Calvary Hospital update

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Australian Capital Territory (Self-Government) Amendment Bill 2023
This submission from the Calvary Hospital Taskforce on the Australian Capital Territory (Self-Government) Amendment Bill 2023 (Amendment Bill) is prepared by Father Anthony Percy, Chair of the Calvary Hospital Taskforce, on behalf of in excess of 50,000 people who signed the “Save Calvary” petition.

Many petition signers are members of the Catholic faith and residents of the Australian Capital Territory, while others are neither territorians nor people of faith. What unites all signers is a desire for a fair and democratic Australia, and a view that the compulsory acquisition of Calvary Hospital does not represent such fairness and democracy.

The Bill has a singular operative provision. The proposed new section 75 would require the ACT Government to conduct an inquiry into the Health Infrastructure Enabling Act 2023 (ACT) (Enabling Act), providing its report by 30 June 2024.

The Act was the legislative instrument by which the ACT Government compulsorily acquired Calvary Public Hospital, Bruce.

The Calvary Hospital Taskforce supports the passage of the Amendment Bill for the reasons outlined below.

There was insufficient public scrutiny of the Enabling Bill
The ACT Government announced its intention to compulsorily acquire Calvary Public Hospital on 10 May 2023, tabled the Health Infrastructure Enabling Bill 2023 (ACT) (Enabling Bill) on 11 May 2023 and passed the Enabling Act on 31 May 2023.

The three-week time period between the Government’s announcement and the passage of the legislation meant that there was insufficient public scrutiny of the Enabling Bill, and constituents were given little time to make their views known to their elected representatives.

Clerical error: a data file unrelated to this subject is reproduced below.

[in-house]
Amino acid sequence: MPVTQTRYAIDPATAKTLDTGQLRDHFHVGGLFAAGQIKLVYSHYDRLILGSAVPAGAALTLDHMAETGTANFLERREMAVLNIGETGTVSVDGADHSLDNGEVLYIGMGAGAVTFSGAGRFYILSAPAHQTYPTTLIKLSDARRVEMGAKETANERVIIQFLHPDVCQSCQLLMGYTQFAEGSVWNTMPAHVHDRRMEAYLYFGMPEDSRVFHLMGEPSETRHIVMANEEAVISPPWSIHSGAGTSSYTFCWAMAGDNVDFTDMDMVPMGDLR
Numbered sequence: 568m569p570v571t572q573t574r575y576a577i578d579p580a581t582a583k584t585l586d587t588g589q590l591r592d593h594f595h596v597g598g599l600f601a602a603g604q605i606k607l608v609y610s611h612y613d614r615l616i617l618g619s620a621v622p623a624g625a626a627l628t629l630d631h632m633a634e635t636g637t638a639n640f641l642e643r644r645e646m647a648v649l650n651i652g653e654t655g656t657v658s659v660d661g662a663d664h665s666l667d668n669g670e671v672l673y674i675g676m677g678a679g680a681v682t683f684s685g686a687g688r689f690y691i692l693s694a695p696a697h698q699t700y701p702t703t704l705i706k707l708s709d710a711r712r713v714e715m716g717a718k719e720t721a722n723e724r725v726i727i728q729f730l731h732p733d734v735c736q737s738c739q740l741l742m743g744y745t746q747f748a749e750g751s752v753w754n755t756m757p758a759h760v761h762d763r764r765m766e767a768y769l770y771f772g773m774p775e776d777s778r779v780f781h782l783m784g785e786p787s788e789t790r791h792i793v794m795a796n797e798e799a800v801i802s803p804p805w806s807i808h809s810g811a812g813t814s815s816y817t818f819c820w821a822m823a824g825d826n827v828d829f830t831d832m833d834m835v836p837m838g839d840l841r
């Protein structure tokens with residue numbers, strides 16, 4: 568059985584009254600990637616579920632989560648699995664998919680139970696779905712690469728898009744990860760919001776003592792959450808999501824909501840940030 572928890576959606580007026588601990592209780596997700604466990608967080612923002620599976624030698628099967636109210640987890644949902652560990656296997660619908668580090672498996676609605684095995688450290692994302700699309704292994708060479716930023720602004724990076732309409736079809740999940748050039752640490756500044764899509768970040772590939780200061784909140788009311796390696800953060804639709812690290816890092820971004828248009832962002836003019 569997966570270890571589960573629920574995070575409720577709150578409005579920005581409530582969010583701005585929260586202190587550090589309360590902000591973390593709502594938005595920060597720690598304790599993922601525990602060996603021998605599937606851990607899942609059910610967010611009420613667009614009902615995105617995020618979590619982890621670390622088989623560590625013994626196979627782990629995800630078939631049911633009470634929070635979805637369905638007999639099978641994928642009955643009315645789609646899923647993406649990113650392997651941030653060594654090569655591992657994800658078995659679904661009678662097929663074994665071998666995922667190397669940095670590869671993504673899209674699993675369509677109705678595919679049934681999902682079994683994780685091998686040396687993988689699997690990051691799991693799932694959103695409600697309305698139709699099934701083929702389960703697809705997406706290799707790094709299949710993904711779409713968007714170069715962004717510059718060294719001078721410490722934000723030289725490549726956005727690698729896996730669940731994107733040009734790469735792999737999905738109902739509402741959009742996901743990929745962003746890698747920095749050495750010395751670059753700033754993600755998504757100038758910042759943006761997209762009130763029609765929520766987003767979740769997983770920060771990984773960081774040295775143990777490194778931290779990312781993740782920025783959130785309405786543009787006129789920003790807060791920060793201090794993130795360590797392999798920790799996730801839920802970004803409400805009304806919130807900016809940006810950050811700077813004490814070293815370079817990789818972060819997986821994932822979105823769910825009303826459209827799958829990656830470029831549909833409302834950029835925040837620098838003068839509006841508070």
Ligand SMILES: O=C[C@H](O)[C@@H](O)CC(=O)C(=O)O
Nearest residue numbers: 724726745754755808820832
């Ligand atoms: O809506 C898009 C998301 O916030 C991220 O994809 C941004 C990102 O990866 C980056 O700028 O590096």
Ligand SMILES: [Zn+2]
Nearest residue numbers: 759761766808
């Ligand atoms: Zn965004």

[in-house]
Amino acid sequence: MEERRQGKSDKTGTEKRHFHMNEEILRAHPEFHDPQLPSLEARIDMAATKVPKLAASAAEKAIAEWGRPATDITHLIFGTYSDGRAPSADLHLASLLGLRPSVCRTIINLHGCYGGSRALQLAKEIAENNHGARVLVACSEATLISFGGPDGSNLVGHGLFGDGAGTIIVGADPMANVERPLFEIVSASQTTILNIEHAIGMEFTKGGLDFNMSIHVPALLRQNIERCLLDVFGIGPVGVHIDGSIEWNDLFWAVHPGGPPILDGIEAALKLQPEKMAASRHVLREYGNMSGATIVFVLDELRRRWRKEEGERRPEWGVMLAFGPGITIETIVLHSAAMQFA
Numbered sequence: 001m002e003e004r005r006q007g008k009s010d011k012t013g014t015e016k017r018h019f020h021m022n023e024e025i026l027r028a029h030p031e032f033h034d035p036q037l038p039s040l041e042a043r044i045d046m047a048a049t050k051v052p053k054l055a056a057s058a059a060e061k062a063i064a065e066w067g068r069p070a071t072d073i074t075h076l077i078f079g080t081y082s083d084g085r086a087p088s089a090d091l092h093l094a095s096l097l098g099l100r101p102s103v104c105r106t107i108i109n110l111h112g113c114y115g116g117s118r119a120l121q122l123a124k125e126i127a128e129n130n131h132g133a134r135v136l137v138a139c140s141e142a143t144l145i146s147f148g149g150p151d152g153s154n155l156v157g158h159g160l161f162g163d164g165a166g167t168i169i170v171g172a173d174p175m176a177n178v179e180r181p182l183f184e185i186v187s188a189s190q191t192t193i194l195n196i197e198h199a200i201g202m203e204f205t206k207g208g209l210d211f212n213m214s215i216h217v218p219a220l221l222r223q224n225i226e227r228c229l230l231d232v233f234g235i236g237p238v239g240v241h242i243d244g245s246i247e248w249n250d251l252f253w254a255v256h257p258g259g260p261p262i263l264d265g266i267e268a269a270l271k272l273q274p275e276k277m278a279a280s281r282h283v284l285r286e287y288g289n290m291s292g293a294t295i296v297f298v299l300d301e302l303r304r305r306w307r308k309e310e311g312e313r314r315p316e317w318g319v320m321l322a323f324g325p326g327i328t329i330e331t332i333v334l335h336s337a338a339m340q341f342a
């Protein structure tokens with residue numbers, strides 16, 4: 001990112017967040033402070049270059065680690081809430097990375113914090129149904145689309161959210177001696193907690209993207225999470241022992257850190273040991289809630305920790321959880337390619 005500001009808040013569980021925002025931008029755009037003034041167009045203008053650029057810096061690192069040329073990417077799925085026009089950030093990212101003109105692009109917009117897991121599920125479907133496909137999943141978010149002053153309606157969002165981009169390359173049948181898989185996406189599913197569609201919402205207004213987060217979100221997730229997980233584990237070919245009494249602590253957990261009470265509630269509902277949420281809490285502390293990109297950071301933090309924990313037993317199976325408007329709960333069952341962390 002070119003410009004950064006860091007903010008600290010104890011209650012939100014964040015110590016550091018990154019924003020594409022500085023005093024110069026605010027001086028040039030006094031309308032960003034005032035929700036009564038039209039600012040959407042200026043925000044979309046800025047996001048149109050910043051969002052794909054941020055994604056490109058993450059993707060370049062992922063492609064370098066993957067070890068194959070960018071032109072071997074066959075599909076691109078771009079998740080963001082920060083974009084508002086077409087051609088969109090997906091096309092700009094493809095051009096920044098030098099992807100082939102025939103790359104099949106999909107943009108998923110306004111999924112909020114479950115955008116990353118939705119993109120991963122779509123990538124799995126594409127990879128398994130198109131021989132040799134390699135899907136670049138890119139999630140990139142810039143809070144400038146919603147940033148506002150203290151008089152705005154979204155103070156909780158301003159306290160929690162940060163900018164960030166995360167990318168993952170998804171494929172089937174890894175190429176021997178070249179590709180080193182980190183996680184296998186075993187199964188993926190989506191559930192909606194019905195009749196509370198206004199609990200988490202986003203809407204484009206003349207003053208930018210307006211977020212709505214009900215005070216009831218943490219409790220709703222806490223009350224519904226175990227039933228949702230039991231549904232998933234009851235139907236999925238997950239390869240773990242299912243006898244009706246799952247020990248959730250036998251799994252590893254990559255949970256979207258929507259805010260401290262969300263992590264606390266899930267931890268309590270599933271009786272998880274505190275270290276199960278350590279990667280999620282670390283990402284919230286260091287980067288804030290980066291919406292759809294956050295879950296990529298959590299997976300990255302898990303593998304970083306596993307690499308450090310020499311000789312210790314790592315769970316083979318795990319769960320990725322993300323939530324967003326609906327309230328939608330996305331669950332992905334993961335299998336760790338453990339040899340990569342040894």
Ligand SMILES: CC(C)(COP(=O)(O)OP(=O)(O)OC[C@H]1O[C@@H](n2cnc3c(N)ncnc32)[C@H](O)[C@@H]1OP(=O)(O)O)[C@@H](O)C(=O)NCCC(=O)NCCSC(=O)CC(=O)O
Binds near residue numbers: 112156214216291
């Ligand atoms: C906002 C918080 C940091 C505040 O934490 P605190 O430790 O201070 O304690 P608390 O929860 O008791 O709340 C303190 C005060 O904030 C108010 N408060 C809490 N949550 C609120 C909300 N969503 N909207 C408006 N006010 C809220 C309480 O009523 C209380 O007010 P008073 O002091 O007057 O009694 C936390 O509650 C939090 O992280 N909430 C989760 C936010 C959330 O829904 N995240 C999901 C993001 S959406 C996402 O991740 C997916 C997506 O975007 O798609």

A condensed process from which the public is largely excluded is not reflective of a participatory democracy, and an inquiry would offer some transparency and accountability for the decision to restrict public scrutiny of the Enabling Bill.

The Amendment Bill would reinstate normal parliamentary processes
Part of the condensed process to pass the Enabling Act was the suspension of ACT parliamentary standing orders that require a two-month inquiry prior to a bill being debated and voted upon.

Critics of the Amendment Bill argue that its passage would inappropriately interfere with the ACT’s right to self-government, but this is disingenuous: the passage of the Bill would simply restore normal parliamentary processes that were dispensed with in this case and require the ACT Government to conduct an inquiry similar to the one they should have undertaken in accordance with the standing orders.

An inquiry would mean that the ACT Government is not incentivised to exempt itself from its own procedures.

An inquiry would reveal any religious bias in the decision-making process
Despite assurances from the ACT Health Minister that the acquisition was not “an attack on the Catholic Church and on faith-based care,”[1] an unresolved question as to how much of the ACT Government's decision was religiously-motivated remains.

The report of the Standing Committee on Health and Wellbeing of the ACT Legislative Assembly for the Inquiry into Abortion and Reproductive Choice in the ACT, stated:

“It is the Committee’s view that it is problematic that one of the ACT’s major hospitals is, due to an overriding religious ethos, restricted in the services that can be delivered to the Canberra community.  It is also reasonable to assume that a significant number of Canberrans would be unaware of the religious model of care which underpins Calvary Hospital’s operation and impacts on their available services.”[2]

This report was released in the weeks prior to the announcement of the compulsory acquisition.

Members of the Catholic faith and other faith communities hold significant concerns that religion was a primary motivator of the ACT Government for the takeover and have a right to have their elected officials challenged on religious bias.

[1] Australian Capital Territory. Debates. Legislative Assembly. 11 May 2023., pp. 1282-1283.

[2] Legislative Assembly for the Australian Capital Territory Standing Committee on Health and Wellbeing. Inquiry into Abortion and Reproductive Choice in the ACT. April 2023., par. 3.102.

We need to act now.
Show your support for an inquiry into the takeover by sending a short submission to the Senate inquiry into the Australian Capital Territory (Self-Government) Amendment Bill 2023 by emailing

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